The courts require anyone looking to file for bankruptcy to go through credit counseling first. Essentially, it’s their last-ditch effort to try saving your finances before you file.

This is a one-time class that lasts about an hour. But you can’t just take a credit counseling course from any old Joe Shmoe either. It has to be approved by the US Trustee Program and completed at least 180 days before you file.2

Once you complete the class, you’ll get a certificate (and maybe even a debt repayment plan) to show the courts as proof. Usually, credit counseling costs about $50, but if you can’t afford to pay, contact the counseling agency before your class and they’ll give you a fee waiver.

3. Start filling out paperwork.

The filing process is a lengthy one and involves a lot of paperwork. And we mean a lot. And depending on which state you live in, there could be even more.

The US Courts website has a list of every bankruptcy form you could ever need. Just be sure to fill out the forms that are specific to Chapter 13 or “individual debtors.” You can also search for form packages on your state government’s website.

4. Find a lawyer.

There’s no rule that says you have to have a lawyer to file for bankruptcy. In fact, you might decide you don’t need one (also called filing pro se). But in many cases, hiring an attorney might be the best way to go—especially if you’re not sure of the process. A bankruptcy lawyer can help you navigate the court system, paperwork and documents, and even work with the judge to get your case approved.

5. Save your filing fee.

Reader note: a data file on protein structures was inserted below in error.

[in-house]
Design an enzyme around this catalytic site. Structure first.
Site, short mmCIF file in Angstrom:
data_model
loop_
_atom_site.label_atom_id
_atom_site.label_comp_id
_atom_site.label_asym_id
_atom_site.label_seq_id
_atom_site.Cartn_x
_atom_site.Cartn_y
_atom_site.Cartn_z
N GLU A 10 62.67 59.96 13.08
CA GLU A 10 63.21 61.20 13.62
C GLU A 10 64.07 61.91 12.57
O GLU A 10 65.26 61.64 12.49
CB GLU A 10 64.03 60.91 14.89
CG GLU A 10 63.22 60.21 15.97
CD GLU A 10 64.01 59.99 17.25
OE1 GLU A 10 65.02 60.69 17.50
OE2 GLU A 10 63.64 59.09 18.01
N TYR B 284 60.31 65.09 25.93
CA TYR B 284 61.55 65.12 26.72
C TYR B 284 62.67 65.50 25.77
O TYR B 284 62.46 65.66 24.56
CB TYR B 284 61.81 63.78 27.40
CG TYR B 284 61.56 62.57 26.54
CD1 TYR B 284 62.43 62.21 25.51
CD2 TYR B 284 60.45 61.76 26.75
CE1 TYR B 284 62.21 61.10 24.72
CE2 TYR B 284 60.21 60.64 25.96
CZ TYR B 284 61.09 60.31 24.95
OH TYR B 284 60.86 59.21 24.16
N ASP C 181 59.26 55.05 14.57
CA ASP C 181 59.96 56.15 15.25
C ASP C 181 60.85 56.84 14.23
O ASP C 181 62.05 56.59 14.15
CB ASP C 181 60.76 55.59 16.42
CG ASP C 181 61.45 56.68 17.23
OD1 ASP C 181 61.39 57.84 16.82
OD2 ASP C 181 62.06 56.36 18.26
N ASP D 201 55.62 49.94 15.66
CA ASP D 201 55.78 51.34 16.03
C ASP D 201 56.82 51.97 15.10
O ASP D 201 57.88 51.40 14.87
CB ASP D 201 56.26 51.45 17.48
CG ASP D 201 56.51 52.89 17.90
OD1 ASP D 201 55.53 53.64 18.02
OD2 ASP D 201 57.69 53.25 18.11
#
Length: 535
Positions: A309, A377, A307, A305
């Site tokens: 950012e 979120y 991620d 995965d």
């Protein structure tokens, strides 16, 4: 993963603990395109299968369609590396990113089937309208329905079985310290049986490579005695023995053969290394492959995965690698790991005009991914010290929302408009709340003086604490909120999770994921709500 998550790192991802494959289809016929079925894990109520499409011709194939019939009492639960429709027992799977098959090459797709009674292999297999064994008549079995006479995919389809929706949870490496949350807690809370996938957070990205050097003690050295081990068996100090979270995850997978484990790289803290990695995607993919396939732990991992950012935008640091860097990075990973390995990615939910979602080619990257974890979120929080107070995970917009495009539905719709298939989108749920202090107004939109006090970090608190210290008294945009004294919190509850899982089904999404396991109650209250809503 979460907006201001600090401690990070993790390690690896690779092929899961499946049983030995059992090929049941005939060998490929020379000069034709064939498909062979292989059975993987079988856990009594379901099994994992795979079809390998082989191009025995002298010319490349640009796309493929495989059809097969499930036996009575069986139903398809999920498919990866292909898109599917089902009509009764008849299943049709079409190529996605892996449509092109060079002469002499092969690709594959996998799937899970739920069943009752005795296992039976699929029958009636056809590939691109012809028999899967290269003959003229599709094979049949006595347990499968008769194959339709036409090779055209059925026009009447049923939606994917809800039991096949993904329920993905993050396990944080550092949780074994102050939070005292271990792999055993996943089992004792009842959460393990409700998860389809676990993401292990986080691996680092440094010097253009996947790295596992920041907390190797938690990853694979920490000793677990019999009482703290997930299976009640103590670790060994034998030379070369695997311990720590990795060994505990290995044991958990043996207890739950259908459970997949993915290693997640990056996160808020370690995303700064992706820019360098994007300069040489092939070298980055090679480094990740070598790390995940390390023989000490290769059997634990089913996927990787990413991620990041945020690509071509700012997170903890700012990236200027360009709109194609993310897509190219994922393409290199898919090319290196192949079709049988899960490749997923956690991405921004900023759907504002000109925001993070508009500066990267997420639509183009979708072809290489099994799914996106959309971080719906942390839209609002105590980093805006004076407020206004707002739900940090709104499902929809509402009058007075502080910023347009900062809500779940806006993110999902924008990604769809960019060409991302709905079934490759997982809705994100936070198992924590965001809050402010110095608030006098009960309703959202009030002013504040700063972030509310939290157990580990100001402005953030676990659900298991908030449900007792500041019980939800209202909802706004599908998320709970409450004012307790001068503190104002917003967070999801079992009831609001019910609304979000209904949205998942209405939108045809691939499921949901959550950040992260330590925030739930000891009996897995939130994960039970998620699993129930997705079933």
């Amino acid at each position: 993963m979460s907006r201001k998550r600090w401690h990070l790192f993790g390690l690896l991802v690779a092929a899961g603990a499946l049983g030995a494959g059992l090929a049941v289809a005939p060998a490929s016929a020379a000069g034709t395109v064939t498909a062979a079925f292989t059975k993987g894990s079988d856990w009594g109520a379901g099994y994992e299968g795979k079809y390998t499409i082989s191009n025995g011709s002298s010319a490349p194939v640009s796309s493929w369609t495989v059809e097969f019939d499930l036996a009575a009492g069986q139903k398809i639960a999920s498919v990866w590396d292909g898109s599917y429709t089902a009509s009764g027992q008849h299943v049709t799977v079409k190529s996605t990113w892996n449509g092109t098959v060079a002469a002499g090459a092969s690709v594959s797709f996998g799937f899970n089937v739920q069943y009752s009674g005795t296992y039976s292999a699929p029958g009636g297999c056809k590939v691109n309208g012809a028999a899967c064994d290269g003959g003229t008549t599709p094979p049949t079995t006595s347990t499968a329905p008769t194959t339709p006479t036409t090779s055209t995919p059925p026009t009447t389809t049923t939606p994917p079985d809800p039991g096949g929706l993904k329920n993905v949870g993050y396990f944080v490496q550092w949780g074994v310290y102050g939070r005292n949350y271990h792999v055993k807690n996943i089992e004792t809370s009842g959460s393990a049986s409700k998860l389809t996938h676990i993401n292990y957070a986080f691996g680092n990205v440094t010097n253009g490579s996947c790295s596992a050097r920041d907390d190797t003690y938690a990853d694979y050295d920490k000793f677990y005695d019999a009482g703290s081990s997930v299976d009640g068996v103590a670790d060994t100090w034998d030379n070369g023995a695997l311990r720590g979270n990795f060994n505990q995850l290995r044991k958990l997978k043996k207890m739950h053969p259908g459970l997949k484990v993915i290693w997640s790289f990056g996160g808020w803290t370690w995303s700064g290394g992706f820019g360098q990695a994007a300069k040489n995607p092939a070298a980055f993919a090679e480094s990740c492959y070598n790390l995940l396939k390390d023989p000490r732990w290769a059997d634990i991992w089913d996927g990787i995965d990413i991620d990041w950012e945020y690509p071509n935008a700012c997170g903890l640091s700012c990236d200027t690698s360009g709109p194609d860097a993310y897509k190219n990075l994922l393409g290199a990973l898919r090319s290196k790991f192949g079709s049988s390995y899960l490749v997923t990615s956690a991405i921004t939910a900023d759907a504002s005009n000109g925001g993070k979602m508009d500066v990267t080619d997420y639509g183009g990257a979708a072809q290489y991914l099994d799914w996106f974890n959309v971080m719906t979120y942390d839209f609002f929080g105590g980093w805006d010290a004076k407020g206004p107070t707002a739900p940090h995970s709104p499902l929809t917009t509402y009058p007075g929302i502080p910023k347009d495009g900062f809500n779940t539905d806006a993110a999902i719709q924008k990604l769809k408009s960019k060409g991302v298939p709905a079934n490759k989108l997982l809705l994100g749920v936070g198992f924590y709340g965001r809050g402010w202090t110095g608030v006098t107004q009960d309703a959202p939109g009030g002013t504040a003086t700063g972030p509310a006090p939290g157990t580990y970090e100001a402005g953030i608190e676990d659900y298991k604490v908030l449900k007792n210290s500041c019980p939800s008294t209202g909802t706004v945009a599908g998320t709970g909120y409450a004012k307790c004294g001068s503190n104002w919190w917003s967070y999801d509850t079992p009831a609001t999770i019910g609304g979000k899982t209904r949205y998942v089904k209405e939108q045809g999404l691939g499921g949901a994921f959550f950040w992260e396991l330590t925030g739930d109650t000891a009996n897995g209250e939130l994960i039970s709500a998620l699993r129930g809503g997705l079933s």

Bankruptcy isn’t just hard on your ego—it’s also hard on your wallet. In order to file, you must hand over a $235 case filing fee along with a $75 admin fee (for a total of $310).3 If you can’t pay it in full when you file, you can request to split it up into four payments. But you have to be paid in full 120 days after filing unless you ask for another extension.4 In that case, you must finish paying no later than 180 days after filing.5

6. File your petition.

Now it’s time to turn in all that paperwork.

But don’t forget . . . You’ll need to include:

  • A list of your creditors (with the amount you owe and what it’s for)
  • Information about your income (who pays you, how often and how much)
  • A list of all your property and assets
  • And a list of your living expenses

When you file, the court will appoint someone (called a trustee) to oversee your case.

Now that you’ve filed, your trustee will contact all of your creditors and let them know you’re going through bankruptcy. This notification lets your creditors know they can’t contact you or try to collect payment while the case is live.